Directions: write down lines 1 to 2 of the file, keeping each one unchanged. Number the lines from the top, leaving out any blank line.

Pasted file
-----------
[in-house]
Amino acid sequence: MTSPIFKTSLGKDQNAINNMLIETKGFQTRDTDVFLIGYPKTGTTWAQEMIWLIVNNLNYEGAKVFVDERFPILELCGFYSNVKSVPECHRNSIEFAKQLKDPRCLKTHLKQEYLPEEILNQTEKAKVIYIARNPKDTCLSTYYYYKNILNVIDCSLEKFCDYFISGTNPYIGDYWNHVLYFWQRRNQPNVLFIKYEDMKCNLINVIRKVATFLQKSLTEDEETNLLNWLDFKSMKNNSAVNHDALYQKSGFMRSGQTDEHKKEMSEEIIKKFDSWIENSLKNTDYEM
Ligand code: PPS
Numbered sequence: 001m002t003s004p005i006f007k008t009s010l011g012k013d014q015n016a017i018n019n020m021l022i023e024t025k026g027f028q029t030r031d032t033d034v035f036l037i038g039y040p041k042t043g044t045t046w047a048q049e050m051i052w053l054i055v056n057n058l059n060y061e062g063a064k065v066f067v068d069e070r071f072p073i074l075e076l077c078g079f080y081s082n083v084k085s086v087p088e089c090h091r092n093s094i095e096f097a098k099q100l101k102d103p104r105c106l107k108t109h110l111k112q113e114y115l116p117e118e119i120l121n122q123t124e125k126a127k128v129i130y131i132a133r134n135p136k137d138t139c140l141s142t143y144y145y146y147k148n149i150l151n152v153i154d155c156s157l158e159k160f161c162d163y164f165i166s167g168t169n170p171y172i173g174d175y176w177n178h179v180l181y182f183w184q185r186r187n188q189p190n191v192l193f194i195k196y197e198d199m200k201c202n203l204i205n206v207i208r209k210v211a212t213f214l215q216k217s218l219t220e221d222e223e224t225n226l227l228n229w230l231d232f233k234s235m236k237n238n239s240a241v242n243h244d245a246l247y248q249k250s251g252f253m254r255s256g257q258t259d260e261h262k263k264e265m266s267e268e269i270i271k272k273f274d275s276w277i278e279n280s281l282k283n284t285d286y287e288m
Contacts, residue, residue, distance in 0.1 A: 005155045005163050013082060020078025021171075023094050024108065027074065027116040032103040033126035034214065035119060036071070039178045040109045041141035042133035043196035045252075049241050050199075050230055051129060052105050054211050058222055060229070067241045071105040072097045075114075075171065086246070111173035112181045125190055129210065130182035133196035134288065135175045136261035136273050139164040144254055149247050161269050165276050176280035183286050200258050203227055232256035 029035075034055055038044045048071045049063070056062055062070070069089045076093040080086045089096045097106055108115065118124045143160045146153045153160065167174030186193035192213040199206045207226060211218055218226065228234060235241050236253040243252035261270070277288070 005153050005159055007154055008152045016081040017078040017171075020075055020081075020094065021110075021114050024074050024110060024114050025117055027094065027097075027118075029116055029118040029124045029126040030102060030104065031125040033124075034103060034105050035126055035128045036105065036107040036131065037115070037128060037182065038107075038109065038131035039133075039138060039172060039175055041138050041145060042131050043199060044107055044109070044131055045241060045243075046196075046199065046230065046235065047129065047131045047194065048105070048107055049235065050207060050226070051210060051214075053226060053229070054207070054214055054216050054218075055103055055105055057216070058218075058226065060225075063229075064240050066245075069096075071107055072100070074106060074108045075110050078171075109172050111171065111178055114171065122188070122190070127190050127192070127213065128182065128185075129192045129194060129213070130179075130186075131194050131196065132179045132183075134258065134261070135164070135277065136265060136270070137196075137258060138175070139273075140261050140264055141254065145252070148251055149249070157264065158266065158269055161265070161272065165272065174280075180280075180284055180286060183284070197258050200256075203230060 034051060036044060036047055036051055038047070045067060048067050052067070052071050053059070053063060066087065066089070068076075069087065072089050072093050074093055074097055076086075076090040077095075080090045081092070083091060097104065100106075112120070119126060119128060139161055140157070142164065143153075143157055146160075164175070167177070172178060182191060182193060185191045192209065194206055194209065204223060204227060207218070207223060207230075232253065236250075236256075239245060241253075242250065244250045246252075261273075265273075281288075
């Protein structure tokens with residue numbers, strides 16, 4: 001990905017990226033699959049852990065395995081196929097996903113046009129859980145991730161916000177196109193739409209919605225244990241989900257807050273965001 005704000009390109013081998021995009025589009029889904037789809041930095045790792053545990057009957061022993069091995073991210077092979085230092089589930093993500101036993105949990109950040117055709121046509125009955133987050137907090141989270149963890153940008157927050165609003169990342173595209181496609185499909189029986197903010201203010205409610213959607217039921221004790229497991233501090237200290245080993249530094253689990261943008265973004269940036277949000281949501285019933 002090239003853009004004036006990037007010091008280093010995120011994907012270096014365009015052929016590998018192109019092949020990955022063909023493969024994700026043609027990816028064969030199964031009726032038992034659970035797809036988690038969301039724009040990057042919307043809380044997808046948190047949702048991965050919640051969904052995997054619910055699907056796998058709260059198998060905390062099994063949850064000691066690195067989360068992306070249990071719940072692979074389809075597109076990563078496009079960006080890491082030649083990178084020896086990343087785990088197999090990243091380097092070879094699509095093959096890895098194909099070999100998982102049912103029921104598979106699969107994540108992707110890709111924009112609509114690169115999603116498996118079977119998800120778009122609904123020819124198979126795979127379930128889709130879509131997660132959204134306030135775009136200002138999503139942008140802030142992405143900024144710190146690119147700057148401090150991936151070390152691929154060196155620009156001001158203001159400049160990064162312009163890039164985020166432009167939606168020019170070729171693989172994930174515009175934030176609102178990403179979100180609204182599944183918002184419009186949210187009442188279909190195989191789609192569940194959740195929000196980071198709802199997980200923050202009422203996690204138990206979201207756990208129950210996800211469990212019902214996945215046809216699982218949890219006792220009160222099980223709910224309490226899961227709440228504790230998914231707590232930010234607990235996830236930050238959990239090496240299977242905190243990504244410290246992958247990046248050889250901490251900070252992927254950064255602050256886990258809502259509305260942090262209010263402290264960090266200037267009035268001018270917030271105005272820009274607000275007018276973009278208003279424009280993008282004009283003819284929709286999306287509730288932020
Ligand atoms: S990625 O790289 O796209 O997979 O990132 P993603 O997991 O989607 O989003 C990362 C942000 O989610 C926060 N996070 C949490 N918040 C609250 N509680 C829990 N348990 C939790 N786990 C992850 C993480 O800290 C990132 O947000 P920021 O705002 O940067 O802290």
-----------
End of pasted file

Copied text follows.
[in-house]
Amino acid sequence: MTSPIFKTSLGKDQNAINNMLIETKGFQTRDTDVFLIGYPKTGTTWAQEMIWLIVNNLNYEGAKVFVDERFPILELCGFYSNVKSVPECHRNSIEFAKQLKDPRCLKTHLKQEYLPEEILNQTEKAKVIYIARNPKDTCLSTYYYYKNILNVIDCSLEKFCDYFISGTNPYIGDYWNHVLYFWQRRNQPNVLFIKYEDMKCNLINVIRKVATFLQKSLTEDEETNLLNWLDFKSMKNNSAVNHDALYQKSGFMRSGQTDEHKKEMSEEIIKKFDSWIENSLKNTDYEM